Development edit

The philtrum is the vertical depression formed between the philtral ridges between the upper lip and the nasal septum, formed where the nasomedial and maxillary processes meet during embryo development. When these processes fail to fuse fully, a cleft lip, cleft palate, or both can result.

The nasolabial folds are the deep creases of tissue that extend from the nose to the sides of the mouth. One of the first signs of age on the human face is the increase in prominence of the nasolabial folds.

Function edit

The mouth plays an important role in eating, drinking, and speaking. Mouth breathing refers to the act of breathing through the mouth (as a temporary backup system) if there is an obstruction to breathing through the nose, which is the designated breathing organ for the human body.[8]

Infants are born with a sucking reflex, by which they instinctively know to suck for nourishment using their lips and jaw. The mouth also helps in chewing and biting food.

For some disabled people, especially many disabled artists, who through illness, accident or congenital disability have lost dexterity, their mouths take the place of their hands, when typing, texting, writing, making drawings, paintings and other works of art by maneuvering brushes and other tools, in addition to the basic oral functions. Mouth painters hold the brush in their mouth or between their teeth and maneuver it with their tongue and cheek muscles, but mouth painting can be strenuous for neck and jaw muscles since the head has to perform the same back and forth movement as a hand does when painting.[9][10]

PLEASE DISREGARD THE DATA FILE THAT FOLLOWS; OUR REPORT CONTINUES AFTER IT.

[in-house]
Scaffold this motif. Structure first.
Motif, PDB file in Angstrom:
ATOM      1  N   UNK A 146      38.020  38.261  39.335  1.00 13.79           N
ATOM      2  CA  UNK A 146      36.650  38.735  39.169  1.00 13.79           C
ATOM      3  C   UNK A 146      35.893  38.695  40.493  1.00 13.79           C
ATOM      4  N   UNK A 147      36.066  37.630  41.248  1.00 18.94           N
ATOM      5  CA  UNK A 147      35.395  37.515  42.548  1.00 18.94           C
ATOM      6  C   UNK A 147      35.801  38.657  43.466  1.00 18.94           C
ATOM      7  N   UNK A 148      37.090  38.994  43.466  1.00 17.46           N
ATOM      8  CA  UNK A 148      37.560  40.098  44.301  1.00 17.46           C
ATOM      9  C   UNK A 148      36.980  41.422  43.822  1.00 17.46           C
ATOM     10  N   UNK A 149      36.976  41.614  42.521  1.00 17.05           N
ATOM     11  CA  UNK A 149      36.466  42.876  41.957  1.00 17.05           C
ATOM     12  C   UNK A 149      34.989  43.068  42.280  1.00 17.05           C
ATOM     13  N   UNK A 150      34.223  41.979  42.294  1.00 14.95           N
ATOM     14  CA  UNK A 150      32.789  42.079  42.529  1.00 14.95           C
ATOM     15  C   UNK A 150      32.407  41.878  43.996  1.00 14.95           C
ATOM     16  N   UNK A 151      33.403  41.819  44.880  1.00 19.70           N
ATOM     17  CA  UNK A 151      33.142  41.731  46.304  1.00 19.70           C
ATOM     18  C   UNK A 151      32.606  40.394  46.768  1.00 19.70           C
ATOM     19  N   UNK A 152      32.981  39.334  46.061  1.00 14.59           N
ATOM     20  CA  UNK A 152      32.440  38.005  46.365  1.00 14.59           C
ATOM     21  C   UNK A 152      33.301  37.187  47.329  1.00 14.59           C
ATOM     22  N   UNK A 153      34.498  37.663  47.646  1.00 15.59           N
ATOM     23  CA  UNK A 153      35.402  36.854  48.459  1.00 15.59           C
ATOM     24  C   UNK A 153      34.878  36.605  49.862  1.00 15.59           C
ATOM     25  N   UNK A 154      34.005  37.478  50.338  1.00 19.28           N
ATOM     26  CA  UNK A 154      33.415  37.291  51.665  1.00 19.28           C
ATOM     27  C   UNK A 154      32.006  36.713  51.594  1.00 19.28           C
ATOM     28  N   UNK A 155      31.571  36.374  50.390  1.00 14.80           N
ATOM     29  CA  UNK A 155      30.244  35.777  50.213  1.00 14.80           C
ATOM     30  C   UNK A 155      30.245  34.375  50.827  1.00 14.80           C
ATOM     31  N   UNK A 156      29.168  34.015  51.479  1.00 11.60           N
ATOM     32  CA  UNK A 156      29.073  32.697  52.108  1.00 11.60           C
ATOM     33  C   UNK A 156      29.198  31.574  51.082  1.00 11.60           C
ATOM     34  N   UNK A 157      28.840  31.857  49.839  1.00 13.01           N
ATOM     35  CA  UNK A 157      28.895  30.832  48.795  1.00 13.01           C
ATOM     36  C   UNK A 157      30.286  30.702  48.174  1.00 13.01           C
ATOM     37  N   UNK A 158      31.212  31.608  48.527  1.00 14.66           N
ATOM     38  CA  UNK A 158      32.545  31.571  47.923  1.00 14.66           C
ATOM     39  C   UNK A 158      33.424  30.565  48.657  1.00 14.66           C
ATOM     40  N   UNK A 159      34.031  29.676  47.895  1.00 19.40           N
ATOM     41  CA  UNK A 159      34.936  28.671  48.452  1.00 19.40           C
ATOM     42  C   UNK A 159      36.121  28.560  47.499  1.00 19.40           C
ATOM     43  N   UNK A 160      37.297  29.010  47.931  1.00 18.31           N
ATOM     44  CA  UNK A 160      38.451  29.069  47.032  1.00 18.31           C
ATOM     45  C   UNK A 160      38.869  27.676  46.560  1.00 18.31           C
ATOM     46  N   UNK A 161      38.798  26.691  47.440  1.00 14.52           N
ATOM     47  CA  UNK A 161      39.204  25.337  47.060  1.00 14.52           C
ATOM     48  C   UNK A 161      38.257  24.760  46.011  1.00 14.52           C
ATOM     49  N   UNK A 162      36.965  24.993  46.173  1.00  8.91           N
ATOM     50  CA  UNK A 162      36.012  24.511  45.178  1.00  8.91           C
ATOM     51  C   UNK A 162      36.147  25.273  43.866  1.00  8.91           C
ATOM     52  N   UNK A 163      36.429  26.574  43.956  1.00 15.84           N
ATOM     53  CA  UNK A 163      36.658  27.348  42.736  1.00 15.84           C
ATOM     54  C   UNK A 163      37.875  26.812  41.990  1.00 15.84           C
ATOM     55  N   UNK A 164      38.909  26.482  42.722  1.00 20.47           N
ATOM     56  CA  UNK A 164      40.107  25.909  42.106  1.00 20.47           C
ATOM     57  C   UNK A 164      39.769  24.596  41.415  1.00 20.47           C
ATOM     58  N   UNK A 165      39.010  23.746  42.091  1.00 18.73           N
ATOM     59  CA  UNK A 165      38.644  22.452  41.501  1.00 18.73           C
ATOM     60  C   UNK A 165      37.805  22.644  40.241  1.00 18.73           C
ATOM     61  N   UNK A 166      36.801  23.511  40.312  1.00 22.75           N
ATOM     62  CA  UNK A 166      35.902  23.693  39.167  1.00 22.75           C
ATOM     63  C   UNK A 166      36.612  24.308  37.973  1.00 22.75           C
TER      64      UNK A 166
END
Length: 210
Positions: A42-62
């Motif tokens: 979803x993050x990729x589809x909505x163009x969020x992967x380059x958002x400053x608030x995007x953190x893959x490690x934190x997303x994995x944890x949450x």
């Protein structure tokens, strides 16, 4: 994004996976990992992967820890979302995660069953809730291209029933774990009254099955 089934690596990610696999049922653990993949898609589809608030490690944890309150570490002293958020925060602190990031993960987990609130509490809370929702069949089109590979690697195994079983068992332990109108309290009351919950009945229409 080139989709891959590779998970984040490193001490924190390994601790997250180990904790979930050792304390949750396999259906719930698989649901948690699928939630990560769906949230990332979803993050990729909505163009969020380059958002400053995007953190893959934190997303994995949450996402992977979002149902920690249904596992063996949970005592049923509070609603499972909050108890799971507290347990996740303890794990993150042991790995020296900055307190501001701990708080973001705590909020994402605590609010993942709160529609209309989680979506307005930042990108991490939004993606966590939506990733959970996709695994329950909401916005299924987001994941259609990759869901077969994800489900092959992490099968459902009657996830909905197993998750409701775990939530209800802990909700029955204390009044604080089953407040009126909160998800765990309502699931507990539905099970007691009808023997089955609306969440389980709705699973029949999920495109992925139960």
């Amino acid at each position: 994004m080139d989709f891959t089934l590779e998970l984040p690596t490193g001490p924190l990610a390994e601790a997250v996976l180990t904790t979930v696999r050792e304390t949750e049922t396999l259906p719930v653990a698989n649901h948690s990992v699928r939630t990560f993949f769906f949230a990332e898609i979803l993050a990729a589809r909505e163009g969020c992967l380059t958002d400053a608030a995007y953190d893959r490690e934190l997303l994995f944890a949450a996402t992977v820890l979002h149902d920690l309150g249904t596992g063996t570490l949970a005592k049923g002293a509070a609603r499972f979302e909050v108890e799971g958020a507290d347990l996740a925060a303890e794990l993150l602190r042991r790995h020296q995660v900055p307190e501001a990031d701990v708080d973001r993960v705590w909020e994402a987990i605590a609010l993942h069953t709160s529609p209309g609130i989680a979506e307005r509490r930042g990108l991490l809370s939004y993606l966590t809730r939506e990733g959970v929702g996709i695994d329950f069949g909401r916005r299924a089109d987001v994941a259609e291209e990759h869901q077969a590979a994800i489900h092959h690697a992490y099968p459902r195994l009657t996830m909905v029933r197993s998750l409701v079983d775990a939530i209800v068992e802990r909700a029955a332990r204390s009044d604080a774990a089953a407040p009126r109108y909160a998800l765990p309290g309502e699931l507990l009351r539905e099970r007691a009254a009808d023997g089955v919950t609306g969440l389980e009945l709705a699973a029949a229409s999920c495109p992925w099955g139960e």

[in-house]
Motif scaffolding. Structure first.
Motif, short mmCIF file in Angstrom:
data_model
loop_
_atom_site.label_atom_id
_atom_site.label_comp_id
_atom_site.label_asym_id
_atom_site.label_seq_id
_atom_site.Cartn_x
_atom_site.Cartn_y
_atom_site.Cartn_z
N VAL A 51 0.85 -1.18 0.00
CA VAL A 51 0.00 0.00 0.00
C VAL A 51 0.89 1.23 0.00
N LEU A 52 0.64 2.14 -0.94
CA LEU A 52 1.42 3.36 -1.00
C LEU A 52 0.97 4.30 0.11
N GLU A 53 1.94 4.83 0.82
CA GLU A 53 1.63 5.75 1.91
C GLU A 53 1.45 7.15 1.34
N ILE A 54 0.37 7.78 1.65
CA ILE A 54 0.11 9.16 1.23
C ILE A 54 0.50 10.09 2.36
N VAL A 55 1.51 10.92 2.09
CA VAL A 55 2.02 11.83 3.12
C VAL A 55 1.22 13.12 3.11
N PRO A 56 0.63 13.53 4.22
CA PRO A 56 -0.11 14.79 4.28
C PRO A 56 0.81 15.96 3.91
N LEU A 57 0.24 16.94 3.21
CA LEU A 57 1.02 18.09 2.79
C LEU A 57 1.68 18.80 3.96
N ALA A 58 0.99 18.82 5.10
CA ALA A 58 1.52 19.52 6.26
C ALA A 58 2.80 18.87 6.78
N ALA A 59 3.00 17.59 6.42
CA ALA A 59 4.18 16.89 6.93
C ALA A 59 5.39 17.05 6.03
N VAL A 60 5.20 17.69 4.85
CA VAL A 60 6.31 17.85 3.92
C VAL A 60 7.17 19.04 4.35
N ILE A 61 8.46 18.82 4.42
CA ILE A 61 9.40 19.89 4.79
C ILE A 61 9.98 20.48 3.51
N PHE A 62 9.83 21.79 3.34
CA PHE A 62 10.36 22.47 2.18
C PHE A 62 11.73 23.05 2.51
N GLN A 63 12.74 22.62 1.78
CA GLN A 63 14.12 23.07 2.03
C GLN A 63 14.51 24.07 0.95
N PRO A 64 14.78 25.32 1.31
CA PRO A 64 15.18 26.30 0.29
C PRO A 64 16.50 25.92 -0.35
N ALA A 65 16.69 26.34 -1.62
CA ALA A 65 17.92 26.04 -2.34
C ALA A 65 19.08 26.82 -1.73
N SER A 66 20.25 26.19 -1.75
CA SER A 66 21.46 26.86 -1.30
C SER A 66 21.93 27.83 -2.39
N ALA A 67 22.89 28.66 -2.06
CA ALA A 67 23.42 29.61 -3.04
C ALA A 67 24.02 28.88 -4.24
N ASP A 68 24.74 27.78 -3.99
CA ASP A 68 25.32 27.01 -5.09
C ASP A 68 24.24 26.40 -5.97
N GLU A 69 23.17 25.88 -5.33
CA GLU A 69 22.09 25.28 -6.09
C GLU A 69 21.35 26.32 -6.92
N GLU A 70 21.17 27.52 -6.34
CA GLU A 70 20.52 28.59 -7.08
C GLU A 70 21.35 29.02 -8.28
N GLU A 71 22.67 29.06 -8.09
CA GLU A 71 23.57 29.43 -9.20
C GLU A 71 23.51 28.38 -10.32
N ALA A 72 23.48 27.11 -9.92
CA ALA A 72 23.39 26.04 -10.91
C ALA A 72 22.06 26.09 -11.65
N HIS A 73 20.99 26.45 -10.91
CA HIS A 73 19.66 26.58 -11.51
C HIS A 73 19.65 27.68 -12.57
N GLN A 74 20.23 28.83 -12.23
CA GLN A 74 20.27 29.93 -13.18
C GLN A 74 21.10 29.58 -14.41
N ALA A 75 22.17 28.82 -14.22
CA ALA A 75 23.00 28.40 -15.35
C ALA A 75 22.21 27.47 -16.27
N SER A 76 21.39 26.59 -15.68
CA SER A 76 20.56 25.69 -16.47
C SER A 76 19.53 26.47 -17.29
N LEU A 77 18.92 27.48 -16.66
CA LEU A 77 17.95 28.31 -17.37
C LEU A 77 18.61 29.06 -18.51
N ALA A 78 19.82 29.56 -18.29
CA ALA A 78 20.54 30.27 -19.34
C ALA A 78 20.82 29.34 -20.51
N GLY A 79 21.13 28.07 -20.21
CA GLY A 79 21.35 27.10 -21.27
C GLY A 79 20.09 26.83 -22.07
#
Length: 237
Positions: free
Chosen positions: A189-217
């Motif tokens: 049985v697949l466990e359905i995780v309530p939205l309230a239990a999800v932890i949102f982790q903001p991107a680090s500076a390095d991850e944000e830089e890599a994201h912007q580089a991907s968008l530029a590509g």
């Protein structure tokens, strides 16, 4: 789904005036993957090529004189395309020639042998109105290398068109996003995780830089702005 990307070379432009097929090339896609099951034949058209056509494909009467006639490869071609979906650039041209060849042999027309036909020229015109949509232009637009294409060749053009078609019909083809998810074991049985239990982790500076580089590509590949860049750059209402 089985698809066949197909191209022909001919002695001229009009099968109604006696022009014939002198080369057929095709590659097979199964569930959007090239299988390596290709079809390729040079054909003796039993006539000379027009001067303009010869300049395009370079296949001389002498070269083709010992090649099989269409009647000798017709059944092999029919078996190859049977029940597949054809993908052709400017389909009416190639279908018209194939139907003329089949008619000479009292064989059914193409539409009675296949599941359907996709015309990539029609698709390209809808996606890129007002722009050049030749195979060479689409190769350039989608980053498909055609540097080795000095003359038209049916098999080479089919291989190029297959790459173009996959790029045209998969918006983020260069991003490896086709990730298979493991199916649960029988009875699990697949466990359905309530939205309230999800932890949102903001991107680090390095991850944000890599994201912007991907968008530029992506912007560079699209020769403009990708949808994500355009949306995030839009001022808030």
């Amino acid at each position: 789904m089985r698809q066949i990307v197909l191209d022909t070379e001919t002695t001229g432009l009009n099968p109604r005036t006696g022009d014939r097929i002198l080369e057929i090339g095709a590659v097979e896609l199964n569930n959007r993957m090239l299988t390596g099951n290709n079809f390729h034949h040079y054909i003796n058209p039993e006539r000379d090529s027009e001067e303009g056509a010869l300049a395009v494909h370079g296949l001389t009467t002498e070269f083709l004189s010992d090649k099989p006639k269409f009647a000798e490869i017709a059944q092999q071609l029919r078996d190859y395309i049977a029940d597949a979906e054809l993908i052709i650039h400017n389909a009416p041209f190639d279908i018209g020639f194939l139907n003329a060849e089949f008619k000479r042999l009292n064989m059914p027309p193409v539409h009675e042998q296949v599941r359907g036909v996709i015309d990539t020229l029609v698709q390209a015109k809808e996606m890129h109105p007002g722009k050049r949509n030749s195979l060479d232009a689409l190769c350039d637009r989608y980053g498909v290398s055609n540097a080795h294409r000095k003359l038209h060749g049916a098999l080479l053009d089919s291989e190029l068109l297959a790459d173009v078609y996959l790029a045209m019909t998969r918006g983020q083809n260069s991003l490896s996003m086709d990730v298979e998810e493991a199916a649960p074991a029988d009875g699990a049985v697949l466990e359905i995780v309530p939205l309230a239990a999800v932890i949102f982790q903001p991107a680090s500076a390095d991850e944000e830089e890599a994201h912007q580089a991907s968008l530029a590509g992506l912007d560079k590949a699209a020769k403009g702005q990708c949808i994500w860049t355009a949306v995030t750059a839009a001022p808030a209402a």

A male mouth can hold, on average, 71.2 ml (2.51 imp fl oz; 2.41 US fl oz), while a female mouth holds 55.4 ml (1.95 imp fl oz; 1.87 US fl oz).[11]

See also edit

Further reading edit

  • Nestor, James (2020). Breath: The New Science of a Lost Art. Riverhead Books. p. 304. ISBN 978-0735213616.

References edit

  1. ^ Schröder, Hannsjörg; Moser, Natasha; Huggenberger, Stefan (2020). Neuroanatomy of the Mouse: An Introduction. Springer International Publishing. p. 105. ISBN 978-3-03019-898-5. Retrieved December 24, 2023.